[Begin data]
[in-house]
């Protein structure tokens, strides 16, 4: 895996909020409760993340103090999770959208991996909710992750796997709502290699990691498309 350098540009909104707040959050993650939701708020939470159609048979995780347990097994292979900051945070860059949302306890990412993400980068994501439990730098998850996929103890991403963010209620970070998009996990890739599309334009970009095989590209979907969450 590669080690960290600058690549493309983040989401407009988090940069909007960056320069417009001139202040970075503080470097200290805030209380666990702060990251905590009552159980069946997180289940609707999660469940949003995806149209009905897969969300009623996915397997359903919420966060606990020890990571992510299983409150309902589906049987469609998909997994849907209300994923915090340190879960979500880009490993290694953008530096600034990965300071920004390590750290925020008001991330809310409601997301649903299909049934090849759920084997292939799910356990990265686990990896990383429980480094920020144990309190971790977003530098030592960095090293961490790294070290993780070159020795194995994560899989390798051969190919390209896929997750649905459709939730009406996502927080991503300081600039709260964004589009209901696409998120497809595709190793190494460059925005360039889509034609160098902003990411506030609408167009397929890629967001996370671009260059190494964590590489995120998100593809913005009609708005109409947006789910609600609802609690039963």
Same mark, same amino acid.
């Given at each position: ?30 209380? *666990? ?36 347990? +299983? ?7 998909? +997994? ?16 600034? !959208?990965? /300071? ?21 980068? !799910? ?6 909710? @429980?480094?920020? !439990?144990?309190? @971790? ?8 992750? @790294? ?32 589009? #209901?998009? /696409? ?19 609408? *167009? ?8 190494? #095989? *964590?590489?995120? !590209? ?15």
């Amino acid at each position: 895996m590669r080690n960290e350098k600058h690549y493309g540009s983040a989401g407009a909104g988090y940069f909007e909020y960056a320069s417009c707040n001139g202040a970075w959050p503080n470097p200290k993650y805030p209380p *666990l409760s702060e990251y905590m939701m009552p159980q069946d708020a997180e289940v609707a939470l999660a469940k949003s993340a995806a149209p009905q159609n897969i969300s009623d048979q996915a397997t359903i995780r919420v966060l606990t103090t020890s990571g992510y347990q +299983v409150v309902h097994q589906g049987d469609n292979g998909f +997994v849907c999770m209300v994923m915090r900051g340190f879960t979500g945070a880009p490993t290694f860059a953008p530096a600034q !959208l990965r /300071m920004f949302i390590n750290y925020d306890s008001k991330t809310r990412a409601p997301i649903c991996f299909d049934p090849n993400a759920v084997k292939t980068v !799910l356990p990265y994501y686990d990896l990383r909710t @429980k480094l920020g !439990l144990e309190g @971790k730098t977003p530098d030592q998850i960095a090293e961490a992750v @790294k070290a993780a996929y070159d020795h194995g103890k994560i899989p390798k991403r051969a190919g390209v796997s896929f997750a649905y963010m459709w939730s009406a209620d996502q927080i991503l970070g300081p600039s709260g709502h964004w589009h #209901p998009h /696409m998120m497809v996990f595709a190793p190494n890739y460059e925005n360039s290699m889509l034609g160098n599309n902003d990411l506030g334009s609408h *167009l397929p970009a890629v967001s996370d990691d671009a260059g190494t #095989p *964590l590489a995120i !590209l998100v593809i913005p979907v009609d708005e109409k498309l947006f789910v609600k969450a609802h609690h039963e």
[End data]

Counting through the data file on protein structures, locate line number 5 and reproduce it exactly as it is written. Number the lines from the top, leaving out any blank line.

């Amino acid at each position: 895996m590669r080690n960290e350098k600058h690549y493309g540009s983040a989401g407009a909104g988090y940069f909007e909020y960056a320069s417009c707040n001139g202040a970075w959050p503080n470097p200290k993650y805030p209380p *666990l409760s702060e990251y905590m939701m009552p159980q069946d708020a997180e289940v609707a939470l999660a469940k949003s993340a995806a149209p009905q159609n897969i969300s009623d048979q996915a397997t359903i995780r919420v966060l606990t103090t020890s990571g992510y347990q +299983v409150v309902h097994q589906g049987d469609n292979g998909f +997994v849907c999770m209300v994923m915090r900051g340190f879960t979500g945070a880009p490993t290694f860059a953008p530096a600034q !959208l990965r /300071m920004f949302i390590n750290y925020d306890s008001k991330t809310r990412a409601p997301i649903c991996f299909d049934p090849n993400a759920v084997k292939t980068v !799910l356990p990265y994501y686990d990896l990383r909710t @429980k480094l920020g !439990l144990e309190g @971790k730098t977003p530098d030592q998850i960095a090293e961490a992750v @790294k070290a993780a996929y070159d020795h194995g103890k994560i899989p390798k991403r051969a190919g390209v796997s896929f997750a649905y963010m459709w939730s009406a209620d996502q927080i991503l970070g300081p600039s709260g709502h964004w589009h #209901p998009h /696409m998120m497809v996990f595709a190793p190494n890739y460059e925005n360039s290699m889509l034609g160098n599309n902003d990411l506030g334009s609408h *167009l397929p970009a890629v967001s996370d990691d671009a260059g190494t #095989p *964590l590489a995120i !590209l998100v593809i913005p979907v009609d708005e109409k498309l947006f789910v609600k969450a609802h609690h039963e």